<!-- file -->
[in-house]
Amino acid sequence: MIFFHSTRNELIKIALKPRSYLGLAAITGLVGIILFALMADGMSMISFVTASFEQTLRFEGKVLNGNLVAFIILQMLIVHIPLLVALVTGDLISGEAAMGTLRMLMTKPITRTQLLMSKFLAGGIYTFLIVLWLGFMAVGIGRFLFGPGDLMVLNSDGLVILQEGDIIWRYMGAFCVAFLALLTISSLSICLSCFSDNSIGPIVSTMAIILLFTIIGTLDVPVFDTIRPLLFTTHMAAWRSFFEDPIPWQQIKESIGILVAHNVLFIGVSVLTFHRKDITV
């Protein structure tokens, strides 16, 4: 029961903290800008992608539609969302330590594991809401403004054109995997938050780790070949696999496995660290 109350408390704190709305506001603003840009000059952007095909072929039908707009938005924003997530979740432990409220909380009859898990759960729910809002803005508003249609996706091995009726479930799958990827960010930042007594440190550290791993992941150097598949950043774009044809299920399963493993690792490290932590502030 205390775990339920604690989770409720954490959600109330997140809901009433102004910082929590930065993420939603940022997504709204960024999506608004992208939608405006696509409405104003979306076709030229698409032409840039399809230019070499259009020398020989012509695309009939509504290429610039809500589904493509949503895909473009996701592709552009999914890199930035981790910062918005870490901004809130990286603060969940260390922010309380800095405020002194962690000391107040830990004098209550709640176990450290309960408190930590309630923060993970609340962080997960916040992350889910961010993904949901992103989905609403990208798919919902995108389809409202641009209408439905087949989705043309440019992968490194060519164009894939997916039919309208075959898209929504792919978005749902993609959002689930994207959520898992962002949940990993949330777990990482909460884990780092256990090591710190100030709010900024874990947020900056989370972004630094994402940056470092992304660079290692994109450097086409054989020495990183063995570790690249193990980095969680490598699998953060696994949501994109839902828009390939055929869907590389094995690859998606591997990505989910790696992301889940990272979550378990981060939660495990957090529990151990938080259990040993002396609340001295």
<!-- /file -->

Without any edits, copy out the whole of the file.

[in-house]
Amino acid sequence: MIFFHSTRNELIKIALKPRSYLGLAAITGLVGIILFALMADGMSMISFVTASFEQTLRFEGKVLNGNLVAFIILQMLIVHIPLLVALVTGDLISGEAAMGTLRMLMTKPITRTQLLMSKFLAGGIYTFLIVLWLGFMAVGIGRFLFGPGDLMVLNSDGLVILQEGDIIWRYMGAFCVAFLALLTISSLSICLSCFSDNSIGPIVSTMAIILLFTIIGTLDVPVFDTIRPLLFTTHMAAWRSFFEDPIPWQQIKESIGILVAHNVLFIGVSVLTFHRKDITV
């Protein structure tokens, strides 16, 4: 029961903290800008992608539609969302330590594991809401403004054109995997938050780790070949696999496995660290 109350408390704190709305506001603003840009000059952007095909072929039908707009938005924003997530979740432990409220909380009859898990759960729910809002803005508003249609996706091995009726479930799958990827960010930042007594440190550290791993992941150097598949950043774009044809299920399963493993690792490290932590502030 205390775990339920604690989770409720954490959600109330997140809901009433102004910082929590930065993420939603940022997504709204960024999506608004992208939608405006696509409405104003979306076709030229698409032409840039399809230019070499259009020398020989012509695309009939509504290429610039809500589904493509949503895909473009996701592709552009999914890199930035981790910062918005870490901004809130990286603060969940260390922010309380800095405020002194962690000391107040830990004098209550709640176990450290309960408190930590309630923060993970609340962080997960916040992350889910961010993904949901992103989905609403990208798919919902995108389809409202641009209408439905087949989705043309440019992968490194060519164009894939997916039919309208075959898209929504792919978005749902993609959002689930994207959520898992962002949940990993949330777990990482909460884990780092256990090591710190100030709010900024874990947020900056989370972004630094994402940056470092992304660079290692994109450097086409054989020495990183063995570790690249193990980095969680490598699998953060696994949501994109839902828009390939055929869907590389094995690859998606591997990505989910790696992301889940990272979550378990981060939660495990957090529990151990938080259990040993002396609340001295």